Allegations of a sex crime can cause permanent damage to your family, reputation and career and even result in your loss of freedom. Furthermore, whether or not you are convicted, the sexual offense can go on your record, resulting in the possible loss of your job and dimming of your career and housing prospects. Even so, you have specific legal rights as the accused, and a seasoned criminal defense attorney can represent you and help you come to terms with the allegations and fight back vigorously against them as well as get a handle on the repercussions for your personal and business life.
Protecting Yourself Against Allegations of Federal Sex Crimes
- Take the accusations against you very seriously, even if they are false or overblown and embellished. If you minimize the severity of the allegations or ignore them and hope they go away, you run the risk of failing to take critical steps to build a stiff defense. For instance, witnesses who might be able to provide testimony to clear your name could forget what they saw, or evidence from the scene that could help exonerate you might disappear or become contaminated.
- Hire a qualified lawyer as soon as possible. Even if they are unfounded, false allegations of a sex crime can stain your image in the community. An experienced lawyer can help find and exploit the holes in the prosecution's case against you.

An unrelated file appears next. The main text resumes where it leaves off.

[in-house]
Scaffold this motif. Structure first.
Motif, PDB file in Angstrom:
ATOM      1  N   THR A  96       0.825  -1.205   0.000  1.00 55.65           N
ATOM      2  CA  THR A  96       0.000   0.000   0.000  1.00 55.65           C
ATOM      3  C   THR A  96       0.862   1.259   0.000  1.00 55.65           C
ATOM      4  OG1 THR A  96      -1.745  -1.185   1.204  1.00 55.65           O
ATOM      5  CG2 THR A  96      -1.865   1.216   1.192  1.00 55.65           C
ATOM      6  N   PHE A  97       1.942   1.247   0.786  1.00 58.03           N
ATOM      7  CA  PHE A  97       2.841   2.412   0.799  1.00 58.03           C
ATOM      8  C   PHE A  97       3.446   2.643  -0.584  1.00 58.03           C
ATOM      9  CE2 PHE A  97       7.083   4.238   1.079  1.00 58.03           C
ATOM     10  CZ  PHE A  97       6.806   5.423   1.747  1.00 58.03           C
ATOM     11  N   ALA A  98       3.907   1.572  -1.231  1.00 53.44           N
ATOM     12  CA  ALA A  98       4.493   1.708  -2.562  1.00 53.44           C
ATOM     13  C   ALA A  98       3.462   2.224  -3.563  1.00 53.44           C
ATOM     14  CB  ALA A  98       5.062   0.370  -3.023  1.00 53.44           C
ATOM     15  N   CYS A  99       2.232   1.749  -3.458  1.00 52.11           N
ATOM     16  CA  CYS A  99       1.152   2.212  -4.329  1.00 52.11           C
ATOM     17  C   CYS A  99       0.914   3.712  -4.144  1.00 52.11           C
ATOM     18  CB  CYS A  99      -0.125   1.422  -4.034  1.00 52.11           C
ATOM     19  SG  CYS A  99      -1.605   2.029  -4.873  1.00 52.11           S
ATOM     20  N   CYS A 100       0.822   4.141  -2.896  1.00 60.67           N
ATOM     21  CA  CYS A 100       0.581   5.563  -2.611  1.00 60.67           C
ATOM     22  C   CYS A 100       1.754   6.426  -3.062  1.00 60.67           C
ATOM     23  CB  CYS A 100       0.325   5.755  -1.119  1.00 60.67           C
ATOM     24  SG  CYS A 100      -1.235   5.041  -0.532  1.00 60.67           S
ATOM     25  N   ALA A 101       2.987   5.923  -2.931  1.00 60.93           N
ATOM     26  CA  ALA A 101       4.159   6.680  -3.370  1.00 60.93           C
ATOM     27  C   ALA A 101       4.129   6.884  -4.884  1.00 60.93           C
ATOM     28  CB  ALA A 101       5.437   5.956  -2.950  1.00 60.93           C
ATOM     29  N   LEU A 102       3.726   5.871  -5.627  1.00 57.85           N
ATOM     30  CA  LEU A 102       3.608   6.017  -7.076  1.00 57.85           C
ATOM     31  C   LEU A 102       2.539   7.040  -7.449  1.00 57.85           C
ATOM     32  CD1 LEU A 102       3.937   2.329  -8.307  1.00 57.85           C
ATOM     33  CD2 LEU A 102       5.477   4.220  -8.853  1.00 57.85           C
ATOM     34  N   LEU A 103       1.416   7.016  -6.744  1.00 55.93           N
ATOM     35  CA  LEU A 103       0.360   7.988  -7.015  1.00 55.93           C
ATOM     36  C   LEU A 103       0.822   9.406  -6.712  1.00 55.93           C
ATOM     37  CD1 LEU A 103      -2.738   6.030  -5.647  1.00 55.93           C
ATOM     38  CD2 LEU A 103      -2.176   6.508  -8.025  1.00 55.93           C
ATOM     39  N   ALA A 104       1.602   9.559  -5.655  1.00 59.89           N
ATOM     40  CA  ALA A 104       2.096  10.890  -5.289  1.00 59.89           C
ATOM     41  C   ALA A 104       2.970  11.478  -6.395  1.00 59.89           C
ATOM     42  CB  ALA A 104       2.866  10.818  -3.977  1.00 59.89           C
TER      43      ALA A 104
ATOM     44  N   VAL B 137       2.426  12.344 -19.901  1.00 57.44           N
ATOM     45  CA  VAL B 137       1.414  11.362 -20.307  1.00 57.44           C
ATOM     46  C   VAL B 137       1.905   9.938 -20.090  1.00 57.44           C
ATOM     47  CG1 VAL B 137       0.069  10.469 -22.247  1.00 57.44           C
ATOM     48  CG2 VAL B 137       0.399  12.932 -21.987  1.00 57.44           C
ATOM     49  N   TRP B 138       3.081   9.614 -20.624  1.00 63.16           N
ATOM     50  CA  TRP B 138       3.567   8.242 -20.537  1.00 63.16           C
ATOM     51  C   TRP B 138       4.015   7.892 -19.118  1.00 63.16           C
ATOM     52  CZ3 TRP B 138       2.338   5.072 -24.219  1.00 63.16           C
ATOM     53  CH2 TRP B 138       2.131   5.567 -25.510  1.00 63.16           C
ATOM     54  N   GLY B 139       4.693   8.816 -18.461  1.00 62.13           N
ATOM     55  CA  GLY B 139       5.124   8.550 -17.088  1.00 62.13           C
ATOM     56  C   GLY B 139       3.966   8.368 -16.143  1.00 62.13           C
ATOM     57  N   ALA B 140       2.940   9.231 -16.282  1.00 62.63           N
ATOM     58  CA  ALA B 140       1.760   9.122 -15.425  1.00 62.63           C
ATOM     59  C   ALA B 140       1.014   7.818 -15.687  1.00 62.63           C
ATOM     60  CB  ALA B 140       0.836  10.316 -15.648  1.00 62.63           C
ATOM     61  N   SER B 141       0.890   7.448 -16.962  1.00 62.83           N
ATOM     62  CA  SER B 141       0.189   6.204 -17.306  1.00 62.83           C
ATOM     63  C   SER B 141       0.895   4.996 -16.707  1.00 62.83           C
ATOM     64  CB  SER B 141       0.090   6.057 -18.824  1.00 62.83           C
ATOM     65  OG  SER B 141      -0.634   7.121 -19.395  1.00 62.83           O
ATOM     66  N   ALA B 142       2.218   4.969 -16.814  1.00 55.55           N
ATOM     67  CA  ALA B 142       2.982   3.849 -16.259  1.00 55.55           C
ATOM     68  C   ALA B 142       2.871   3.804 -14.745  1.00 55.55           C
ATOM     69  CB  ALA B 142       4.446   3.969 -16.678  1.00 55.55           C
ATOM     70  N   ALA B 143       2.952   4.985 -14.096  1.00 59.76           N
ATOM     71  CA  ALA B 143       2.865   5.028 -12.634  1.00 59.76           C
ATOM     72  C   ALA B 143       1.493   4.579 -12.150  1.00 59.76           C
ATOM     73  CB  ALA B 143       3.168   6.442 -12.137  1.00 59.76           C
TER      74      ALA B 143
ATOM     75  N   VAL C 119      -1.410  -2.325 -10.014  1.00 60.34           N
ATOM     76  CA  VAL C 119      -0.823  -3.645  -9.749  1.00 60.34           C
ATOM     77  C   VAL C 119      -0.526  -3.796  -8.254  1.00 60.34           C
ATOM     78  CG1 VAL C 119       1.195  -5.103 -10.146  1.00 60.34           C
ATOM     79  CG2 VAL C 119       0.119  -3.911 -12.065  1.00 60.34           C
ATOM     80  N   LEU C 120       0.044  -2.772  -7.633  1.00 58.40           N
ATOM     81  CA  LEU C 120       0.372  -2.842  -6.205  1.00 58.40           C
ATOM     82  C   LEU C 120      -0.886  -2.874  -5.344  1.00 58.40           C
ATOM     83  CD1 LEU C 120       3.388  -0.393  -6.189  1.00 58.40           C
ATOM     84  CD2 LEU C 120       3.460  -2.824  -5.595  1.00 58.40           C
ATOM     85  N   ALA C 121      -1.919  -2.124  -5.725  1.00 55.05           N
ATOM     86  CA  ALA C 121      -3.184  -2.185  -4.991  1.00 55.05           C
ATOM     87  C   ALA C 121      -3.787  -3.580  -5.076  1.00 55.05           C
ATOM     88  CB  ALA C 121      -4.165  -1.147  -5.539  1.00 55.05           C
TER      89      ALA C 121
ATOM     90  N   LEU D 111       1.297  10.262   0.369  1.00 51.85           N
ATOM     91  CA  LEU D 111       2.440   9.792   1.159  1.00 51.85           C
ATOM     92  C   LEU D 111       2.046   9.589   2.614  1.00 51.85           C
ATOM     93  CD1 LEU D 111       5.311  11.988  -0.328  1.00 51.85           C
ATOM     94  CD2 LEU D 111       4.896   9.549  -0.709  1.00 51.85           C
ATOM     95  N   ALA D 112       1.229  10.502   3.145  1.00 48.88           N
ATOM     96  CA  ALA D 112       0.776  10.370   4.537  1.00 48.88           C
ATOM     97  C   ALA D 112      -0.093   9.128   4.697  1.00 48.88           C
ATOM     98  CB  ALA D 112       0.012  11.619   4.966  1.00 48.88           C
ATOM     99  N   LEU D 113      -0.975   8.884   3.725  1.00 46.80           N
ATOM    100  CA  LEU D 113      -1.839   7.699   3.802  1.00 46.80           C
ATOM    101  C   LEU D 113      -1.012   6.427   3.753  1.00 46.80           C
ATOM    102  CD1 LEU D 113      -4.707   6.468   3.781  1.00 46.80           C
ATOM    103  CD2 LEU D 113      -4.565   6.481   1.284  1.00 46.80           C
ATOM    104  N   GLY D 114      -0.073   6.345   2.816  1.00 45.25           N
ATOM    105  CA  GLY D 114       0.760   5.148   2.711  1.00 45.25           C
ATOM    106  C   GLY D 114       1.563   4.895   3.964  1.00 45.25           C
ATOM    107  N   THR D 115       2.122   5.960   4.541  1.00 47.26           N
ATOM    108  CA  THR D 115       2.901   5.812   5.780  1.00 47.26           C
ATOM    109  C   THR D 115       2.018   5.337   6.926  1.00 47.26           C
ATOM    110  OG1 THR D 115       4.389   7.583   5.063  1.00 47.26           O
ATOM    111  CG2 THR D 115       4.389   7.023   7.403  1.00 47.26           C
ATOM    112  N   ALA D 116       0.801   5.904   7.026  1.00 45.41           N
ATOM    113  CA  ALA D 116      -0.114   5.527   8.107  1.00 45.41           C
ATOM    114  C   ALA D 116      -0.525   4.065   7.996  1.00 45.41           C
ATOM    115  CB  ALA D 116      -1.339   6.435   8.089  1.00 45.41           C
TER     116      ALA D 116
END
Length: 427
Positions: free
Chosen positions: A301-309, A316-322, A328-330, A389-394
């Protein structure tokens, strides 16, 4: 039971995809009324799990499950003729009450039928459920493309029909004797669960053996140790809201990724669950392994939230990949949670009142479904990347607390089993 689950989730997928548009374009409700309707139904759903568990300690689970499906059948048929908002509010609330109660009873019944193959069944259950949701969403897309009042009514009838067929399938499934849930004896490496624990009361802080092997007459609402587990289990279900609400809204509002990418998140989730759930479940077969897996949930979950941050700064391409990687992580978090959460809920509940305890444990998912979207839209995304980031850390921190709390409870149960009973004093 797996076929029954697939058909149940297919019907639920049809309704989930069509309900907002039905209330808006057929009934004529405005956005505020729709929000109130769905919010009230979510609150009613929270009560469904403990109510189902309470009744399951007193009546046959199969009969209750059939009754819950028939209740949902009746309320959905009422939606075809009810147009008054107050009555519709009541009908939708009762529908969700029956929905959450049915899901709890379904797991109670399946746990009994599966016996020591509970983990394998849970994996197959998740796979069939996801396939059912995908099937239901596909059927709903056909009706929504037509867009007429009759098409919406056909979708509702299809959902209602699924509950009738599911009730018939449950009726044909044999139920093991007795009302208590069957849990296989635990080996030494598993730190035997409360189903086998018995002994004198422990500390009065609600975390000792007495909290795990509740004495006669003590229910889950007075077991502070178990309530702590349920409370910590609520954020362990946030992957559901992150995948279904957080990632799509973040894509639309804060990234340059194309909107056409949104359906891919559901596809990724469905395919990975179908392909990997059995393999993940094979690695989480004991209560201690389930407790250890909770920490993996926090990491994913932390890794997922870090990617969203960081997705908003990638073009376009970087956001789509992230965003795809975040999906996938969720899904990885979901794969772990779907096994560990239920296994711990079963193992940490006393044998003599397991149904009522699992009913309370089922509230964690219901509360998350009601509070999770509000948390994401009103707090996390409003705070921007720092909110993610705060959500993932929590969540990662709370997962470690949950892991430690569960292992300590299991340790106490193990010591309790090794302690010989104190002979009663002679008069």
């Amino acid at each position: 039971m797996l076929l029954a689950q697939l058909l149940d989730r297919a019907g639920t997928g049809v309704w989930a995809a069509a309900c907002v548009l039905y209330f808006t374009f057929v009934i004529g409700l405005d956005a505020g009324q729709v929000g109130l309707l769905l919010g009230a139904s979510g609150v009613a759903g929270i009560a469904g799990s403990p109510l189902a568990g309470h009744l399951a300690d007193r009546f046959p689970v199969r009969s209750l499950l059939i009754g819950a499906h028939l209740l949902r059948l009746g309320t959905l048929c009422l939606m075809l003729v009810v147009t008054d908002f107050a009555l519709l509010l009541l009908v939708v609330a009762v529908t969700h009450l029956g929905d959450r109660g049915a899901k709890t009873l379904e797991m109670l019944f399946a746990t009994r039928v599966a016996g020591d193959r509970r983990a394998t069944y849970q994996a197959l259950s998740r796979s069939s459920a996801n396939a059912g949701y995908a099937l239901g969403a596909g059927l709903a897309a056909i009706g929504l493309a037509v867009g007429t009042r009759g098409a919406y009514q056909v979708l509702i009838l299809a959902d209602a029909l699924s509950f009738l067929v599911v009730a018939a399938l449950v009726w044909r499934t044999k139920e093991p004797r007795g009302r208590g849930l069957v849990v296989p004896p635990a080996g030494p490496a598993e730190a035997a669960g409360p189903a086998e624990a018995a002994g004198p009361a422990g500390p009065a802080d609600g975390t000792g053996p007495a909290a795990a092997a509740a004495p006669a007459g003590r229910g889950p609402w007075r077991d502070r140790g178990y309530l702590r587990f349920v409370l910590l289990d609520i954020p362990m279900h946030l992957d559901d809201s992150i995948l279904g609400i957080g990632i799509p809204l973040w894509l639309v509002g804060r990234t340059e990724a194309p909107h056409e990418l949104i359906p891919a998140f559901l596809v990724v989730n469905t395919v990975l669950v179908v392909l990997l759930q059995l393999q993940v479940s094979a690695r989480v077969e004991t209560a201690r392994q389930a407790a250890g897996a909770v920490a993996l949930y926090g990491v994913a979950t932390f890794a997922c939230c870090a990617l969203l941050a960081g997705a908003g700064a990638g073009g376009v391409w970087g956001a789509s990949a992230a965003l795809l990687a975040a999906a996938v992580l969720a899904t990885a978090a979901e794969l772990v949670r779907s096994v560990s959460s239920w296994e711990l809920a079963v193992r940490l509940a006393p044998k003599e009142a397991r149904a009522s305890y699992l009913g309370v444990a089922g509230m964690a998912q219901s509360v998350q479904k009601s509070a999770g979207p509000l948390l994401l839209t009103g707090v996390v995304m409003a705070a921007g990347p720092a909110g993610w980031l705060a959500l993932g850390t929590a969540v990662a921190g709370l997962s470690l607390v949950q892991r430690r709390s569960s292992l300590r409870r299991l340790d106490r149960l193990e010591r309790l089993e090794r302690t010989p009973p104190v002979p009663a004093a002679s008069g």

- Do not talk to anyone about your case except your attorney or answer any questions posed by the police. In an effort to explain your actions, you could inadvertently say the wrong thing. The authorities might twist your efforts or might attempt to put words in your mouth in a misguided effort to convict you.
- Have your lawyer request copies of all evidence against you. Such evidence might include police reports, witness statements, forensic evidence, expert testimony from witnesses for the prosecution, the results of any psychological testing and anything that your lawyer might deem necessary to review in order to properly defend you.
- Avoid running away or trying to dispose of evidence (such as your computer). First of all, destroying such potential evidence could get you in additional legal trouble. Running away will also compound your legal woes. Act ethically, and trust that your attorney can help coordinate an effective defense.
- Tell your attorney the truth. Especially if you did or said things that you're embarrassed or ashamed of doing - even if those things stopped short of constituting criminal activity - you might be tempted to whitewash history and avoid taking responsibility. This is unethical, and it's also dangerous, because the prosecution might blindside you at trial with evidence that exposes your lying or creative omissions. Your attorney needs to know exactly what happened so he or she can craft the most appropriate strategy.
Consider seeking therapy, even if the charges are false and you're able to clear them. Being accused of something as serious as a sex crime can totally disrupt your life, making it hard to concentrate, cultivate relationships and move on from the incident. Get the help you need to reclaim your life, contact our legal team today for a confidential consultation.